Following reports of Asian Americans finding themselves the subject of discrimination and xenophobia amid the coronavirus (Covid-19) pandemic, the Noguchi Museum in Queens, New York, has launched a series of educational programmes to explore the archives of the Japanese-American artist Isamu Noguchi, who “believed in the ‘inter-mixture’ of a new America”, says Shannon Murphy, the museum’s director of education.
The interactive virtual learning programme for adults, called Archives Deep Dive, delves into various aspects of the artist’s work, but some programmes have been specifically dedicated to highlighting his role as an equal-rights ally. This week, the museum held a virtual lecture on Noguchi’s artistic collaboration with African-American artists and performers in Harlem in the mid-1920s—a connection that he immortalised in his work with pieces such as a 1929 bronze bust of a female drag performer named Gladys Bently. The programme also examines his political activism during the Second World War, during which he voluntarily spent seven months in a Japanese-American relocation camp in Arizona, and his stance on anti-Asian racism and xenophobia as it relates to issues related to Covid-19—formerly touted as "the Chinese virus" by the US president.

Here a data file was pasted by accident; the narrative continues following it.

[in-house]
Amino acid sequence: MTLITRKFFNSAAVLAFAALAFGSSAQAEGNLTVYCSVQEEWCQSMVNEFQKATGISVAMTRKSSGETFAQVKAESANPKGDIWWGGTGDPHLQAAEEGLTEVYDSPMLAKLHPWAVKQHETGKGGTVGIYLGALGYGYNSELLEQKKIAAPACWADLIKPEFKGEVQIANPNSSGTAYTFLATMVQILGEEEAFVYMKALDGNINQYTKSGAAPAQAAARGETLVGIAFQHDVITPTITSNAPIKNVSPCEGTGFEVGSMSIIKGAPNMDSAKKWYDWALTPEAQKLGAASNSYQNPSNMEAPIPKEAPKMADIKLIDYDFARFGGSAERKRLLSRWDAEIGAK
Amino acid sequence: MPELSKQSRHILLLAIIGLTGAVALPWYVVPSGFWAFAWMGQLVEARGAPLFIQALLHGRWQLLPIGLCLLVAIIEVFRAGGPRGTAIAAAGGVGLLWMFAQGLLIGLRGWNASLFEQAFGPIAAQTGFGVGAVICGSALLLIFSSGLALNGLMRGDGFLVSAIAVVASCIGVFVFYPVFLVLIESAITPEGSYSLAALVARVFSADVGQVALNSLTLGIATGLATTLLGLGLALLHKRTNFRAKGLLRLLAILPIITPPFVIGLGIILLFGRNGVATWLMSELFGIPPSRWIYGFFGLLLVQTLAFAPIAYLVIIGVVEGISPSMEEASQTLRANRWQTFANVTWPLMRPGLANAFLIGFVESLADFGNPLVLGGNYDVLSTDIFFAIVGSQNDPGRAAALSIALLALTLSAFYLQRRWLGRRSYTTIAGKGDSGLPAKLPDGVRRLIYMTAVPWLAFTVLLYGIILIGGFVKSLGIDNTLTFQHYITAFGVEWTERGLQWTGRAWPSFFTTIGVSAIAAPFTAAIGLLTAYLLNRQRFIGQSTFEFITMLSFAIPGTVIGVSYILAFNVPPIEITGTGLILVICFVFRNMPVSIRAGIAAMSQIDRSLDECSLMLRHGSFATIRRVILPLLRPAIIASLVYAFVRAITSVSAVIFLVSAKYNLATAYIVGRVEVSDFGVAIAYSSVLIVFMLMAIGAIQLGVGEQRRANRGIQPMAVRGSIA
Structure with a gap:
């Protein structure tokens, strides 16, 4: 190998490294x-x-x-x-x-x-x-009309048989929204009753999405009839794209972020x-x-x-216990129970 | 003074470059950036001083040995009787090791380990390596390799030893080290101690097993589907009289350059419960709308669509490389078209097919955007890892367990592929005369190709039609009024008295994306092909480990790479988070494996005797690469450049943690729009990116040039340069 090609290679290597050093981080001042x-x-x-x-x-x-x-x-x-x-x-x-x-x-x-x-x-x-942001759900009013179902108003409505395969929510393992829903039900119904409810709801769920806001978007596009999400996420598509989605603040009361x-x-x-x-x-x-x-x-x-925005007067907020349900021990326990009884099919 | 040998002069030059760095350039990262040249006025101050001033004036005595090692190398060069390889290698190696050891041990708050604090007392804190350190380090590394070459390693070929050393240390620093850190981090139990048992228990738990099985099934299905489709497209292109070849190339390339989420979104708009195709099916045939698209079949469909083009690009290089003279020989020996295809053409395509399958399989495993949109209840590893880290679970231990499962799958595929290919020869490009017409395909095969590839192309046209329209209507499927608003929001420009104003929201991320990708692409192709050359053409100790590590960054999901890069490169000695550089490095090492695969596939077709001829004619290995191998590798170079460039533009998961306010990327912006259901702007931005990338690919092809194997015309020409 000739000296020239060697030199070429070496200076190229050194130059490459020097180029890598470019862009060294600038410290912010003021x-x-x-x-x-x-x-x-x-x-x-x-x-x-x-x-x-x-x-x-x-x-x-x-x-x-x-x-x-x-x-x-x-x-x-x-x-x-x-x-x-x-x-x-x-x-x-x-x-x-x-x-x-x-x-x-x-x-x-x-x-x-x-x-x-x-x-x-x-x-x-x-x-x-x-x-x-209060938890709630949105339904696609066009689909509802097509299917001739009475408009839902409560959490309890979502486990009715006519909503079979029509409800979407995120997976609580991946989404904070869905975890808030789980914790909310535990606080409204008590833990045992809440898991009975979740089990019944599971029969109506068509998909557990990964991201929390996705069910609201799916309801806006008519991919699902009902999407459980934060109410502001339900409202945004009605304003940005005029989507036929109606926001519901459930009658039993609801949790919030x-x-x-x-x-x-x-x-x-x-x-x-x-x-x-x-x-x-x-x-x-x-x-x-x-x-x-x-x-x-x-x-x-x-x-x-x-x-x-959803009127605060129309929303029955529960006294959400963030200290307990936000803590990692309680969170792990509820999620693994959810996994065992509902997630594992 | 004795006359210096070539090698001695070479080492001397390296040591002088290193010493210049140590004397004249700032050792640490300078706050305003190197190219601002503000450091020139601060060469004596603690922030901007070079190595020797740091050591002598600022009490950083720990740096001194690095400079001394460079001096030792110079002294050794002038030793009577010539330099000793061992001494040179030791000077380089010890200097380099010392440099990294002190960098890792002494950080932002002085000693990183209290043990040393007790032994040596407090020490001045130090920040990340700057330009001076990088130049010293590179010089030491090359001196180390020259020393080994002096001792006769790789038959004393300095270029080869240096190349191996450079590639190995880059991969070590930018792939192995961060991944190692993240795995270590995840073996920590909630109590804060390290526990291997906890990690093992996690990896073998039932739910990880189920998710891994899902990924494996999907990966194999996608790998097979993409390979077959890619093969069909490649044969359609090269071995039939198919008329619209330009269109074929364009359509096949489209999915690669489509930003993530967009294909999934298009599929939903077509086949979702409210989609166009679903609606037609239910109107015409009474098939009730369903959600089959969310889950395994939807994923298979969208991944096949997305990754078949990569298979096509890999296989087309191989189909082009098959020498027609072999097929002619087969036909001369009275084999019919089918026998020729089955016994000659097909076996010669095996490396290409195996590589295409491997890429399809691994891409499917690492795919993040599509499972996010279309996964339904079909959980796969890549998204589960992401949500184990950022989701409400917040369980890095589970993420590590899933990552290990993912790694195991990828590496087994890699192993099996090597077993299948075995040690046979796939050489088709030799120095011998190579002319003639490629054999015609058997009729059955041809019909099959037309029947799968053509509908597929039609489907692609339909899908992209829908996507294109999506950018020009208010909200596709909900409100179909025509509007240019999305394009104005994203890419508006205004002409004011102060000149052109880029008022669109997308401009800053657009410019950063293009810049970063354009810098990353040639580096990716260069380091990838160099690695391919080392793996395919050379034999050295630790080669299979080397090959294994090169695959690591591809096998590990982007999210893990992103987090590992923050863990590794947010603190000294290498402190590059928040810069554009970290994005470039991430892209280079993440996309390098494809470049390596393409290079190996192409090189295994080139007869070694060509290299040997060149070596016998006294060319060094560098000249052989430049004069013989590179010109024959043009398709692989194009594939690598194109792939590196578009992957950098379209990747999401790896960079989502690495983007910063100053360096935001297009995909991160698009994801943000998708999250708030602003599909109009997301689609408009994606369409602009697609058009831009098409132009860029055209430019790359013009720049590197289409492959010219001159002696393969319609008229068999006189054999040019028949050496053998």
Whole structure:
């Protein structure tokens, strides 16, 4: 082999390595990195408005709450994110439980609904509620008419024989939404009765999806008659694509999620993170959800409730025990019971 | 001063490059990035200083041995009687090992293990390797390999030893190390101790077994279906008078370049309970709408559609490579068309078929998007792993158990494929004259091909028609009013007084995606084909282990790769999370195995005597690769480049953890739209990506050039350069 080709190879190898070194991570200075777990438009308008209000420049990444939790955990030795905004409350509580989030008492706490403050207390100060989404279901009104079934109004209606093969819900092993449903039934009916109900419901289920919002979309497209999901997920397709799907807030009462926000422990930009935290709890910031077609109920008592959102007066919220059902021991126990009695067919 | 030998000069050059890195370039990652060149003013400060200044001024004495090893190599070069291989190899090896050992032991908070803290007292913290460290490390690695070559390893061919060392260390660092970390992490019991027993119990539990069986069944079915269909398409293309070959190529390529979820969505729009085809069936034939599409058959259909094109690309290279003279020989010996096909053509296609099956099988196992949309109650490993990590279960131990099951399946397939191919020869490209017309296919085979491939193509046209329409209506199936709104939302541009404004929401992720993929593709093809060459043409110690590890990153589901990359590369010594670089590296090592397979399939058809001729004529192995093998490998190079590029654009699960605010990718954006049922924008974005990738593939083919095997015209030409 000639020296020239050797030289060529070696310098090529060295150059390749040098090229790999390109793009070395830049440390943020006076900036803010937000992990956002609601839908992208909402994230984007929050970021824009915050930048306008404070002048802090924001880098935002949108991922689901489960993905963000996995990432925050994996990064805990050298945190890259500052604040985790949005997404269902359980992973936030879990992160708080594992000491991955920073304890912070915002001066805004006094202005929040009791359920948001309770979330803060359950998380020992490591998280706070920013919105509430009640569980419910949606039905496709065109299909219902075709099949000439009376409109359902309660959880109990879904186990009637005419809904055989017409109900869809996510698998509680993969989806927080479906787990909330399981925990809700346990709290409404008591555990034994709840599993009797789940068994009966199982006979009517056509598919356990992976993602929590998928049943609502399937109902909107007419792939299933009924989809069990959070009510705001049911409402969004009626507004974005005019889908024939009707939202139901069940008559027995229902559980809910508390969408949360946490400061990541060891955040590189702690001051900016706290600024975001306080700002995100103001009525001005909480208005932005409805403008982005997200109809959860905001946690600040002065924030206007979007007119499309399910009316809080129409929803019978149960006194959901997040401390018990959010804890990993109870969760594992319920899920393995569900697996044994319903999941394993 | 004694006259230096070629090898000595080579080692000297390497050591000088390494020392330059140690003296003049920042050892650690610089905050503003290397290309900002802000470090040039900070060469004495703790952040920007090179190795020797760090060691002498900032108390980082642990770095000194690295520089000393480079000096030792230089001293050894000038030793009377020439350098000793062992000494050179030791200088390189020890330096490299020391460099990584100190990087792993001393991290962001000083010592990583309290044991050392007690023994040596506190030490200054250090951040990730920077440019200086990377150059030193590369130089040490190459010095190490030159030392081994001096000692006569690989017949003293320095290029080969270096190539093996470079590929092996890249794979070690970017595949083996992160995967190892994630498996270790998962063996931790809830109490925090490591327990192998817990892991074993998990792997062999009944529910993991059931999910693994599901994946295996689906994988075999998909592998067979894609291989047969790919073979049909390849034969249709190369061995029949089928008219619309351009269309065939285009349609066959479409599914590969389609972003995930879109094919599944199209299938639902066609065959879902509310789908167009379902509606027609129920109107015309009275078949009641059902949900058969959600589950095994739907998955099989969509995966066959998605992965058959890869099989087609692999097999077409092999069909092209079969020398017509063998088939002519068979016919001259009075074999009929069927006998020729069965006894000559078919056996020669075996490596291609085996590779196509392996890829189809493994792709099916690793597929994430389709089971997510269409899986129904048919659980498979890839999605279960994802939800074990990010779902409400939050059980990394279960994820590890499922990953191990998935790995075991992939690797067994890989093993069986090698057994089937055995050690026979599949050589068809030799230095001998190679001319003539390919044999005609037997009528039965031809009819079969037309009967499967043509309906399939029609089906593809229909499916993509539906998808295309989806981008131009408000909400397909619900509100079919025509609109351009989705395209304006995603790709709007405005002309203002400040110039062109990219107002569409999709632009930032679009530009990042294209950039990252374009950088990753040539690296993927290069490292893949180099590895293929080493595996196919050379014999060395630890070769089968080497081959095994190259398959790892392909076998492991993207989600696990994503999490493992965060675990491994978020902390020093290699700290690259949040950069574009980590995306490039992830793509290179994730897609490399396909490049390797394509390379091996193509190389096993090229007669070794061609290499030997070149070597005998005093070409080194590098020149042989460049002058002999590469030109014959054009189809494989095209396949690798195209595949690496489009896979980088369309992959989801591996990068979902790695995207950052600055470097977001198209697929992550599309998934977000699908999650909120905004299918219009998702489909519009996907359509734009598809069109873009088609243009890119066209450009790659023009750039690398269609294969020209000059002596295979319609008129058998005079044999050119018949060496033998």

The free programme—which is offered on a first-served basis—releases a new schedule each week and aims to act as “a source of inspiration to create connections through shared stories and group discussion”, Murphy says.